Ahrens, Keller and others have previously used light-sheet microscopy to image developing embryos over days; for the latest study, they modified light detectors and other aspects of the system to increase the rate of imaging tenfold. In a series of hour-long experiments, each of which generated 1 terabyte (1 million megabytes) of data, the researchers were able to see populations of neurons in distinct regions that correlated to their activity (see video above).
The technique does have its limitations. For one thing, it works best in zebrafish embryos, which are transparent. Ahrens and Keller think that it could work in intact mammal brains, but it would require surgery and would cover only a small fraction of the brain.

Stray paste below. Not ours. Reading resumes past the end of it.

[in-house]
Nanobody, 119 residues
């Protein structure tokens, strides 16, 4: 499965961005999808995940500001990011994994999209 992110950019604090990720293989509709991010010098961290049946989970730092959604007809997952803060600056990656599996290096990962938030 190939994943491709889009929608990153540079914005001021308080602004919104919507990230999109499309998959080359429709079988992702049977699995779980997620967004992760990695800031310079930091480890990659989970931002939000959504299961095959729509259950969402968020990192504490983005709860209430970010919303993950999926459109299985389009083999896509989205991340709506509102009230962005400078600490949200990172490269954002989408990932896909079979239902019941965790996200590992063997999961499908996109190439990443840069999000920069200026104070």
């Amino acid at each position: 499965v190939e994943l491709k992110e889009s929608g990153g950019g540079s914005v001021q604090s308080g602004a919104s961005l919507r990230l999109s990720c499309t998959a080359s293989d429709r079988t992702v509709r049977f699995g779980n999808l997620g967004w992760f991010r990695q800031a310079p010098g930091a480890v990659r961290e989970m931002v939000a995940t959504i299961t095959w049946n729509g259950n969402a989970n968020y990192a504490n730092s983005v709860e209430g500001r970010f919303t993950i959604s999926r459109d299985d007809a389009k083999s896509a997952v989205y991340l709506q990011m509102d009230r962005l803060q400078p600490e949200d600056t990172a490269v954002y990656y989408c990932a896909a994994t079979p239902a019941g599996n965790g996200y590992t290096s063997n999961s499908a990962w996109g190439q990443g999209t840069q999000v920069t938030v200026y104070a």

Another limitation is that neither the protein sensor nor the imaging system yet works fast enough to distinguish whether a neuron has fired once or several times in quick succession. But Fetcho says that it is fast enough to start to understand how activity flows through the brain. “No one is anywhere in the ball park of this for any other animal model.”